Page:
Bullied No More
Young men of the Aaronic Priesthood, you are beloved sons of God, and He has a great work for you to do. To accomplish this work, you must fulfill your sacred duty to minister to others (see D&C 84:111).
Do you know what it means to minister? Think about this question while I tell you about a girl named Chy Johnson.
When Chy started high school last year, she became the victim of cruel and thoughtless bullying. She was mistreated, shoved, and taunted as she walked to class—some students even threw garbage at her. You have probably seen people mistreated like this in your school too.
For too many people, the teenage years are a time of loneliness and fear. It doesn’t have to be this way. Fortunately for Chy, there were young men at her school who understood what it means to minister.
Chy’s mother had asked teachers at the school to help stop the bullying, but it continued. She then contacted Carson Jones, an Aaronic Priesthood holder and the starting quarterback of the football team. She asked him to help her find out who was doing the bullying.
Carson agreed to help, but in his heart he felt that he could do much more than just identify the bullies. The Spirit whispered to him that he needed to help Chy feel loved.
Carson asked some of his teammates to join him in ministering to Chy. They invited her to sit with them during lunch. They walked her to class to make sure she was safe. Not surprisingly, with football players as her close friends, no one bullied Chy anymore.
This was an exciting season for the football team. But even with the thrill of an undefeated season, these young men did not forget about Chy. They invited her to join the team on the field after games. Chy felt loved and appreciated. She felt safe. She was happy.
The football team went on to win the state title. But something more important than a football championship happened at their school. The example of these young men has motivated other students to be more accepting, more friendly. They now treat each other with more kindness and respect.
National news media found out what these young men had done and shared their story across the country. What began as an effort to minister to one is inspiring thousands of others to do the same.
Chy’s mother calls these young men “angels in disguise.” Carson and his friends are quick to say that Chy has blessed their lives much more than they blessed hers. That’s what happens when you lose yourself in serving others—you find yourself (see Mark 8:35). You change and grow in ways that would not be possible otherwise. These young men have experienced the joy of ministering and continue to seek opportunities to bless others. They are anxious to extend their ministering in the coming months when they serve as full-time missionaries (see Trent Toone, “Kindness of Arizona High School QB Carson Jones and Teammates Has Gone Viral,” Deseret News, Nov. 9, 2012).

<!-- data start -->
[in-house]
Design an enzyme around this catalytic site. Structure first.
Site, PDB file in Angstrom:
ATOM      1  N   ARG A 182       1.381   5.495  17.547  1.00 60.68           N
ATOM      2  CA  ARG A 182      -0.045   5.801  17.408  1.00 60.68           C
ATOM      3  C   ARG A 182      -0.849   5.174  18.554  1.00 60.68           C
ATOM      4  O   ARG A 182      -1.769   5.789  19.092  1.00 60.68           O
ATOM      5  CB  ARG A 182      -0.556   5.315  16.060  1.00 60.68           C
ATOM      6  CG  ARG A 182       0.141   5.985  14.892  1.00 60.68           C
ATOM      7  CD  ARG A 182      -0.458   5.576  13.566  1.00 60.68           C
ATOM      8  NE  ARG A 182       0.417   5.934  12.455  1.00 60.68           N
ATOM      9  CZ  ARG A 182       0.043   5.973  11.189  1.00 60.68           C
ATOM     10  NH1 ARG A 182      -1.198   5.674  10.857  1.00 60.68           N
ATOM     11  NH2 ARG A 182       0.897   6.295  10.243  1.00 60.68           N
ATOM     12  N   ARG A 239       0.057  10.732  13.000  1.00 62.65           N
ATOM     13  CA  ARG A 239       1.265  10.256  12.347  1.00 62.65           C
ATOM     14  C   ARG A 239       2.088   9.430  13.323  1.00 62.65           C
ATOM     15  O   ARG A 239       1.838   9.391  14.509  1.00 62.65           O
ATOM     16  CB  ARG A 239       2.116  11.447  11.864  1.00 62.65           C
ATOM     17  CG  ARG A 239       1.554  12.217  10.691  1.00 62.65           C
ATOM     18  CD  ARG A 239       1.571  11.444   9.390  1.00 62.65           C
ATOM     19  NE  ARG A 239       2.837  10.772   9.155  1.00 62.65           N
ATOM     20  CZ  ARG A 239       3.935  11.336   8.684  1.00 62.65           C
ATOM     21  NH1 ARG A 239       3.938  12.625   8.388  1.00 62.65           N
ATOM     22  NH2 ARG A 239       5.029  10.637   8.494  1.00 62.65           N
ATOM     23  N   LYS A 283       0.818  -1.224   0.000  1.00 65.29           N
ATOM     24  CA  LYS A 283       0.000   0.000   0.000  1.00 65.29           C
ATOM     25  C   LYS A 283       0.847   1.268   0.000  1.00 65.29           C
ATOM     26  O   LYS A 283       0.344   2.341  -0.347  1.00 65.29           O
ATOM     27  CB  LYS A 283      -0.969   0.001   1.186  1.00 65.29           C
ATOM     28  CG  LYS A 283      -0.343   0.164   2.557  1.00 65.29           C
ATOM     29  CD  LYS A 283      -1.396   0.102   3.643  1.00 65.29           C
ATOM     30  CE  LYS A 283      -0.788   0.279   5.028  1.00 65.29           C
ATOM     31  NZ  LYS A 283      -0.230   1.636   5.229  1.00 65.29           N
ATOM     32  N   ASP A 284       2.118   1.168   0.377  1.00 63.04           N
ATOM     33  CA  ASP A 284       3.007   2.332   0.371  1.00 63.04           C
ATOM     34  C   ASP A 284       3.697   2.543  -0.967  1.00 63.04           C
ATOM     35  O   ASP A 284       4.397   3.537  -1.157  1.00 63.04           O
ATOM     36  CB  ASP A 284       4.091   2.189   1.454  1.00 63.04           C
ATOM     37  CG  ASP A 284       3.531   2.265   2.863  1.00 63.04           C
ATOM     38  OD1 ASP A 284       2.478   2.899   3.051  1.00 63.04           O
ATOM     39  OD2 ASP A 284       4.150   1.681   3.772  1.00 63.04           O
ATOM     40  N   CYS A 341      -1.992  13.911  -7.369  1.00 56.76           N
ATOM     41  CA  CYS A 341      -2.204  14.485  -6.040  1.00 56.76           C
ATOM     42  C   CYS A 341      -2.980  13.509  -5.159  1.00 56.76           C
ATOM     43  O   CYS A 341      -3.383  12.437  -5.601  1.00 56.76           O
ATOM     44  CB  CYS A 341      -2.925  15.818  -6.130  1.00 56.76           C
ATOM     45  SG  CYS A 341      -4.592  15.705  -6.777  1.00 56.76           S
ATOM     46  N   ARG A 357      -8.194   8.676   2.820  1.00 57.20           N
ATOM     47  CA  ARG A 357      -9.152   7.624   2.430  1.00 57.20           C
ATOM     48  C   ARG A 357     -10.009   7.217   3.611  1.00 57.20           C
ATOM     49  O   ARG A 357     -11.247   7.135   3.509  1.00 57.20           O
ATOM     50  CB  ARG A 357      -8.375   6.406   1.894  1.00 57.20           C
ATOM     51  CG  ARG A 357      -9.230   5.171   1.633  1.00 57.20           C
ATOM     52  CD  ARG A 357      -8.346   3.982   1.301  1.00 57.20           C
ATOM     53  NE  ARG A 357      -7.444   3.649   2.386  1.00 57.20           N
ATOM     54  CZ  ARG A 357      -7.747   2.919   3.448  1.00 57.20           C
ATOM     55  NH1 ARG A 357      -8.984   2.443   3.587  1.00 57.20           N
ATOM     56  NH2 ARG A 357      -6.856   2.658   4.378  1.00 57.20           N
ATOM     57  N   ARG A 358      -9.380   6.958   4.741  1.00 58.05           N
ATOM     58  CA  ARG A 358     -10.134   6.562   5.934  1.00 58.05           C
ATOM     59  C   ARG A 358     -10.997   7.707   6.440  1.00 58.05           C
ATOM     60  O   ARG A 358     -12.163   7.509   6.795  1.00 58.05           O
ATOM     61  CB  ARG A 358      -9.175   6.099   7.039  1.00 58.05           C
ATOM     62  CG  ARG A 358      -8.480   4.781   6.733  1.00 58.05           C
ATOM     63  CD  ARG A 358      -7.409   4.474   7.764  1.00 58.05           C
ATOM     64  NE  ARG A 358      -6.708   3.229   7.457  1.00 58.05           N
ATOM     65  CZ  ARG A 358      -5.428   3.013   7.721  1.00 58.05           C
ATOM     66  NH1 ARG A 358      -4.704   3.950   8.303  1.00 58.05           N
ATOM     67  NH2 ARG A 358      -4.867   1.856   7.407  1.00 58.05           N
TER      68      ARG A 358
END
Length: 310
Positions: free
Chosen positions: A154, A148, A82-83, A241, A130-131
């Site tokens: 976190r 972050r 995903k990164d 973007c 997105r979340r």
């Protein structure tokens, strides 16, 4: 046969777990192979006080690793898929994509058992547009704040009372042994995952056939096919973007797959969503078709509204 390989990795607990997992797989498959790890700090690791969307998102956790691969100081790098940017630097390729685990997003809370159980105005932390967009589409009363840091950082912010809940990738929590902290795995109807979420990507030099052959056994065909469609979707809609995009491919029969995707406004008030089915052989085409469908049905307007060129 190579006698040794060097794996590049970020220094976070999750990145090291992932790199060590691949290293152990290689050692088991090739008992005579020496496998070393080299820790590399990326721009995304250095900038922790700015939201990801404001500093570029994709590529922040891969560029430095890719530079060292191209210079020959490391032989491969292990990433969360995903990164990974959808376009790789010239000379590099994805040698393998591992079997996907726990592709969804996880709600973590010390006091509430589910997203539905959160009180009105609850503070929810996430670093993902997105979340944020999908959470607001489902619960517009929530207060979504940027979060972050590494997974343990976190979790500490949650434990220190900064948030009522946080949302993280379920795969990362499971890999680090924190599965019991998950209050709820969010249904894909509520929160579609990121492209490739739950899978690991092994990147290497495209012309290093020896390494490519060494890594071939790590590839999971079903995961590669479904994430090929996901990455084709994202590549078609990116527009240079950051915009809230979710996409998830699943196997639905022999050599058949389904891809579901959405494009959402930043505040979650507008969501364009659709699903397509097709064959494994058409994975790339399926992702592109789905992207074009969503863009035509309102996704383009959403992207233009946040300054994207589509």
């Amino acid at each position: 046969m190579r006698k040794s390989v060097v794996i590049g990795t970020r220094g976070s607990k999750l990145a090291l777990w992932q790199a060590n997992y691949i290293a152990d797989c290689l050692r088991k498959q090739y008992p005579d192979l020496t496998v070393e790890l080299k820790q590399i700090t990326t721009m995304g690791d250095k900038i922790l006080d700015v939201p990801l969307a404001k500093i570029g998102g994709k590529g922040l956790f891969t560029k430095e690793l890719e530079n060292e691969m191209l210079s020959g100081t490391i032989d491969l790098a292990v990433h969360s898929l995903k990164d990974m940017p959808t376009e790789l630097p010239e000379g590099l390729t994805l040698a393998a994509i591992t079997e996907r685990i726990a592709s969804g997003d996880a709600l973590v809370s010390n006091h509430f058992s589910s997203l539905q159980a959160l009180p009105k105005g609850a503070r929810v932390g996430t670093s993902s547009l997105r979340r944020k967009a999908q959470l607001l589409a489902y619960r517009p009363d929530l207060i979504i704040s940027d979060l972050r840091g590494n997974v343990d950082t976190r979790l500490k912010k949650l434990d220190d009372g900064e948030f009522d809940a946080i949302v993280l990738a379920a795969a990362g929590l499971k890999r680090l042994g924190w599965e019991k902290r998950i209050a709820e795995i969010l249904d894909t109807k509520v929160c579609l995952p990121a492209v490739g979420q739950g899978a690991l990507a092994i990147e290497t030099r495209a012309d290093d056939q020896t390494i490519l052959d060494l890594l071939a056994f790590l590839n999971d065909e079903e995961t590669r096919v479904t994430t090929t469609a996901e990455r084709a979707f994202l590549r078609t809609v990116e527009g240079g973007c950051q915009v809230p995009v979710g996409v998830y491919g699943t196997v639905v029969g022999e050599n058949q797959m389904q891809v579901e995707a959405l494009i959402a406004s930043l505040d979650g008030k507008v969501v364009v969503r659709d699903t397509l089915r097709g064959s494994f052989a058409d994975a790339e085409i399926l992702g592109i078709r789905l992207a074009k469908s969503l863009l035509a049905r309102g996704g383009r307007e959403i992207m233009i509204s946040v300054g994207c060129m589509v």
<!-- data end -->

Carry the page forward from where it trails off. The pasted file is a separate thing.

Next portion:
There are thousands of Chy Johnsons throughout the world—people who need to feel Heavenly Father’s love. They are in your schools, in your quorums, and even in your family. Some come to mind quickly. Others have needs that are less obvious. Virtually everyone you know could be blessed in some way by your ministering. The Lord is counting on you to reach out to them.
You don’t have to be a star athlete to minister to others. You received the power, the authority, and the sacred duty to minister the moment you were ordained to the priesthood. President James E. Faust taught, “Priesthood is the authority delegated to man to minister in the name of God” (“Message to My Grandsons,” Ensign, May 2007, 54; emphasis added). The Aaronic Priesthood holds the keys of the ministering of angels (see D&C 13:1).
As you love His children, Heavenly Father will guide you, and angels will assist you (see D&C 84:88). You will be given power to bless lives and rescue souls.
Jesus Christ is your example. He “came not to be ministered unto, but to minister” (see Matthew 20:27–28). To minister means to love and care for others. It means to attend to their physical and spiritual needs. Put simply, it means to do what the Savior would do if He were here.